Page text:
The word “paradigm” is over misused and overused, diluting its utility. Thomas Kuhn coined the term in The Structure of Scientific Revolutions to refer to an overarching explanatory system in science. Scientists, according to Kuhn, work within a paradigm during periods of “normal science,” punctuated by occasional “paradigm shifts” when the old explanatory model no longer sufficed, and a radically new explanatory system was required. The term has since come into colloquial use to mean any scientific breakthrough, which marketers quickly overused to refer to just about any new product.
I am therefore cautious about using the term, but I think it is appropriate in this case. In medicine I would consider a new paradigm to be an entirely new approach to some forms of illness. Common treatment paradigms include nutrition, physical therapy, surgery, and pharmacology. A new paradigm is emerging in my field of neurology – directly affecting brain function through electromagnetic stimulation.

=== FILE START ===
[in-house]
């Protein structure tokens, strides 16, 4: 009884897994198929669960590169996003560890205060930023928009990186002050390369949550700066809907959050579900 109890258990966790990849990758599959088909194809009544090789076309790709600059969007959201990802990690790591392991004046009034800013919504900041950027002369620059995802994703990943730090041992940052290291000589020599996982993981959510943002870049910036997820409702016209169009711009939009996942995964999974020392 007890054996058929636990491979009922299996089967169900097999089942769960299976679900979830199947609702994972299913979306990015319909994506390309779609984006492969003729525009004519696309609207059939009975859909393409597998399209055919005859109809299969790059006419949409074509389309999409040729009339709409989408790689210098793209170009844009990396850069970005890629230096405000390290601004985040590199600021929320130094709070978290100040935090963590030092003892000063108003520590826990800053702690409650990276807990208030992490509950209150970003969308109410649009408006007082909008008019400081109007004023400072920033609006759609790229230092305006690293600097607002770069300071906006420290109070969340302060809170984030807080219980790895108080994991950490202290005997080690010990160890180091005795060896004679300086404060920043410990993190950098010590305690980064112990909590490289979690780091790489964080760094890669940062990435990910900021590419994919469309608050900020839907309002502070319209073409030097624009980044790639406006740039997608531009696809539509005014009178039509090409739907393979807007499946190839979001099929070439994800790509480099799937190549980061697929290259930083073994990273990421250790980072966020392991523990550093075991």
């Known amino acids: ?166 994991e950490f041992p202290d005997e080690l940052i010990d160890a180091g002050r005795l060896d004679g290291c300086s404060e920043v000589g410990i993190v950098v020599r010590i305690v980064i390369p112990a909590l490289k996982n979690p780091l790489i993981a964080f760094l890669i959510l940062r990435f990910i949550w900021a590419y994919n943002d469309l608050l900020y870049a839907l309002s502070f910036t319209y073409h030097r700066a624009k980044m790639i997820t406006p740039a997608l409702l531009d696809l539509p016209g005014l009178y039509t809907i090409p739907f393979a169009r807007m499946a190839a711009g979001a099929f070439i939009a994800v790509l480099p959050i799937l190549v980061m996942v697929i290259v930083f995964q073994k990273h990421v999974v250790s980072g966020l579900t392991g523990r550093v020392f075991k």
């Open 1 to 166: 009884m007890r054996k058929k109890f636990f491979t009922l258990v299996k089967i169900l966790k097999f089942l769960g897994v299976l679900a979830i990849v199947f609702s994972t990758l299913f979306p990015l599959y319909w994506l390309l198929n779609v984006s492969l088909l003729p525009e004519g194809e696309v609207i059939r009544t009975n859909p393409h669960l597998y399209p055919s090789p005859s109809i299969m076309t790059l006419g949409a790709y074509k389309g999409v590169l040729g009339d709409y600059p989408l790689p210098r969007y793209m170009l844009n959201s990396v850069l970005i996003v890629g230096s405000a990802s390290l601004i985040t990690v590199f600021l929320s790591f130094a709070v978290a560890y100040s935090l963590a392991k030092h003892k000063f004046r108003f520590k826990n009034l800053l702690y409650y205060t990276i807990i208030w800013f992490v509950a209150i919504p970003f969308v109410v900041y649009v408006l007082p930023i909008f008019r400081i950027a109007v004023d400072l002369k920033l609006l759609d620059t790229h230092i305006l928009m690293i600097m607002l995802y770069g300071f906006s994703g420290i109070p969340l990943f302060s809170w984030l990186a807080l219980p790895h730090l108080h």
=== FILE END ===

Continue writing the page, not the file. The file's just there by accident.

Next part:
The brain is a chemical organ, with many receptors for specific neurotransmitters. This has allowed us to use a pharmacological approach in treating brain disorders – using drugs that are agonists (activators) or antagonists (blockers) of various neurotransmitter receptors, or that affect the production or inactivation of the neurotransmitters themselves. There are limits to this approach, however. First, neurotransmitters are not the only factor affecting brain function. The brain is also a biological organ like any other, and so all the normal physiological factors are in play. Further, there is only so much evolved specificity to the neurotransmitters and their receptors.
The “just asking questions” maneuver is familiar to many skeptics. The idea is to feign neutrality, to insulate oneself from accountability or being held to answer for any specific position, but meanwhile to sow doubt about a scientific claim by raising (dubious) questions.